I found the coldest of the Winter months here in the heart of rural France to be a strangely quiet affair so far as birds are concerned and whilst there were a few good records with one or two surprises, my impression is that many semi resident birds fly out of the area (probably south and west towards the coast) where food is maybe more plentiful.
There was a very cold snap here during the first couple of weeks of February with daytime
temperatures plunging to well below zero, with heavy snowfall that laid on the ground for weeks. There was a marked influx of finches and buntings around this time with up to 300 Reed Buntings (pic left)and similar numbers of Chaffinches feeding in local stubble fields. Slightly smaller numbers of Cirl Buntings but 150 on the 12th Feb was notable, with c30 Yellowhamers, c60 Greenfinches and c50 Goldfinches on the same day. A single Brambling on the 17th Feb in amongst a big finch flock is a poor return and my only record of the year so far. Surprisingly few Meadow Pipits around, with only single figure numbers most days with a flock of 60 or so on the 31st Jan the biggest gathering.
Good numbers of overwintering Skylarks & Woodlarks in local fields with flocks of 20 - 30 of the former typical and smaller numbers of the latter with 12 on the 15th Jan the biggest number recorded though I'm pretty sure I've had more some days.
Fieldfares and Redwings have been thin on the ground all Winter here and whilst there's been a handful of Redwings here and there I had only one Fieldfare during the whole 2 months on 22nd Jan. Both Mistle and Song Thrushes have been fairly noticeable with almost daily sightings and of course plenty of over wintering Blackbirds still about.
A stunning male Peregrine Falcon on the 21st Jan stood in the middle of stubble field near Pleasance was a sight to behold, albeit all too brief before it took off. Other good raptors around the same time included several good Hen Harrier sightings with single males flushed and seen quartering the fields a regular occurrence with a hunting pair on the 12th Feb. On the same day I had a possible Goshawk (pic right) fly towards me as I was trying to take a photograph of a Kestrel. Just about got a good shot of it but hard to tell whether it is a Gos or just a Sparrowhawk - if you have a field guide to hand judge for yourself!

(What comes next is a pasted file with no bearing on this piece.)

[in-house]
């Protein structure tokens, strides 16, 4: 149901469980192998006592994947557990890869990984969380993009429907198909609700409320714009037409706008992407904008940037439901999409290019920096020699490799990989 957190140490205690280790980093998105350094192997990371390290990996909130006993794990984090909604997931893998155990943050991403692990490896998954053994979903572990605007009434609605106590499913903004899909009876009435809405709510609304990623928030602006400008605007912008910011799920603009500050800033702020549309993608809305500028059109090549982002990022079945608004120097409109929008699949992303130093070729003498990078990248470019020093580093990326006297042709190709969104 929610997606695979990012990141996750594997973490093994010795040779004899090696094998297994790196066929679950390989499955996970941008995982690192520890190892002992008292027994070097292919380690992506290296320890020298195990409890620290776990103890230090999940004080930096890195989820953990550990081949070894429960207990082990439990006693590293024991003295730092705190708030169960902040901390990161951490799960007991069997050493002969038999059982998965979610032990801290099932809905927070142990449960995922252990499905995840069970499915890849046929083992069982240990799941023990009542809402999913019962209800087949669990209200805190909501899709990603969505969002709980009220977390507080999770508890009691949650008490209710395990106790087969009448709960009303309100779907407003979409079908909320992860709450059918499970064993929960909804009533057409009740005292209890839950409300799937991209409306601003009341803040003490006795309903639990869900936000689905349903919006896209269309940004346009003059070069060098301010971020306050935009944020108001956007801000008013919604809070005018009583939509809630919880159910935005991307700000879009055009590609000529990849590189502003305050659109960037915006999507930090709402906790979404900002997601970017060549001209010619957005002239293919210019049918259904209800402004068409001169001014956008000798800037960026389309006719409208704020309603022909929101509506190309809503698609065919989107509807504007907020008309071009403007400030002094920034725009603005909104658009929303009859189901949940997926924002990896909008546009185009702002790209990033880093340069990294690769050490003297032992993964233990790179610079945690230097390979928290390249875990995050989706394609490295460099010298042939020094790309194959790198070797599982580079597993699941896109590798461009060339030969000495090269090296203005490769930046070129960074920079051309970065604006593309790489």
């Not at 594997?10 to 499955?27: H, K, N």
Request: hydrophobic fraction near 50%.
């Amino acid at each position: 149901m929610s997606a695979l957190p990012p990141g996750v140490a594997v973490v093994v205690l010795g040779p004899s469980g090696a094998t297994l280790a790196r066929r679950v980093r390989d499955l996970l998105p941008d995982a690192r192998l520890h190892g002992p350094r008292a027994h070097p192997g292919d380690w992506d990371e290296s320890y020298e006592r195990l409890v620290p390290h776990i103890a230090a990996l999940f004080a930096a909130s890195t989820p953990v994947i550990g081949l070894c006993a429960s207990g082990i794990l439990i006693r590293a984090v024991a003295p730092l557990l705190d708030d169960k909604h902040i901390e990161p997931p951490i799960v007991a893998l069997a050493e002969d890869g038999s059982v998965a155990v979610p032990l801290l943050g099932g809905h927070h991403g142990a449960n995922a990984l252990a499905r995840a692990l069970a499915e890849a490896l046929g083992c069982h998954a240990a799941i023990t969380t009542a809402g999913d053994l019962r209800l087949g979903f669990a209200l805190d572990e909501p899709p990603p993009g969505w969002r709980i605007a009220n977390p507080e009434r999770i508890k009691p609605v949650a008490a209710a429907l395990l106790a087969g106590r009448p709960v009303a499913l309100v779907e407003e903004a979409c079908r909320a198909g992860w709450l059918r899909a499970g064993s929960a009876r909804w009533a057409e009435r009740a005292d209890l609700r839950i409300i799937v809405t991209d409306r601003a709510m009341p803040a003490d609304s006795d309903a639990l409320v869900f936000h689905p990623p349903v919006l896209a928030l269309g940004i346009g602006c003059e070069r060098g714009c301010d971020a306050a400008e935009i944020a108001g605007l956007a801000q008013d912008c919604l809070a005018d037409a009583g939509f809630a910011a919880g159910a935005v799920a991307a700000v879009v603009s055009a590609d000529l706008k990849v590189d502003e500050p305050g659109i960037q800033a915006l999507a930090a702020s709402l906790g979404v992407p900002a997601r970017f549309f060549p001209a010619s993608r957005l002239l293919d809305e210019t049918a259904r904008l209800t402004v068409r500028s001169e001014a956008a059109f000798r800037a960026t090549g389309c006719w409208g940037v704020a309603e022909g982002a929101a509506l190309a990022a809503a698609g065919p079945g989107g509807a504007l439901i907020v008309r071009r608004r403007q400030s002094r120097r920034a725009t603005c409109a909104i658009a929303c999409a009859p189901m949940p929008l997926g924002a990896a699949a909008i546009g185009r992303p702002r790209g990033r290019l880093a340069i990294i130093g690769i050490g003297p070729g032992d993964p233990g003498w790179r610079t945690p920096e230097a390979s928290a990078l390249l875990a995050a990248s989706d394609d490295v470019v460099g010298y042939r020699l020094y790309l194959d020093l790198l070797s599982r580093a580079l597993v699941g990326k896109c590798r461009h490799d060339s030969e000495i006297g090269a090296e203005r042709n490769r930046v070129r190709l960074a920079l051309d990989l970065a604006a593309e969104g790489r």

There was a noticeable cold weather movement of Common Cranes at the end of Jan / beginning of Feb with c90 overhead on the 31st Jan and 45 on the 12th Feb. I'm not sure where they came from or where they were going but seemed to drifting SW. I noticed that whenever Cranes are moving so do Lapwings with c150 and c200 heading in the same direction on the corresponding days.
The last few days of February brought rising temperatures and the ground was fully thawed out by the end of the month. With some wonderfully bright and sunny days from the 25th onwards it was as if new life was being breathed into the countryside and I had some good local records including the first Common Cranes (pic left) heading North with c200 on the 25th and c600 on the 28th over the village. I also had 3 White Storks (pic below) calling and heading North on the 28th and a Great White Egret over the barn on the same day. A single male Black Redstart in the garden, also on the 28th, was my first returning breeding bird and Chaffinches, Greenfinches and Great Tits all started to sing from about this time.
The 29th of February was a glorious spring like day and a trip out to Le Brenne parc naturale was rewarded by a couple of displaying Marsh Harriers and plenty more passage activity with some 800 Common Cranes in total, c200 Lapwings and a very marked passage of Sklarks with maybe 300 - 400 north during the day.
So, into March and I've already had the first returning Chiff Chaffs, Blackcaps, Swallows, Cuckoos, Hoopoes and Corn Buntings. The nest time of the year is just around the corner so stay tuned for all of March's sightings.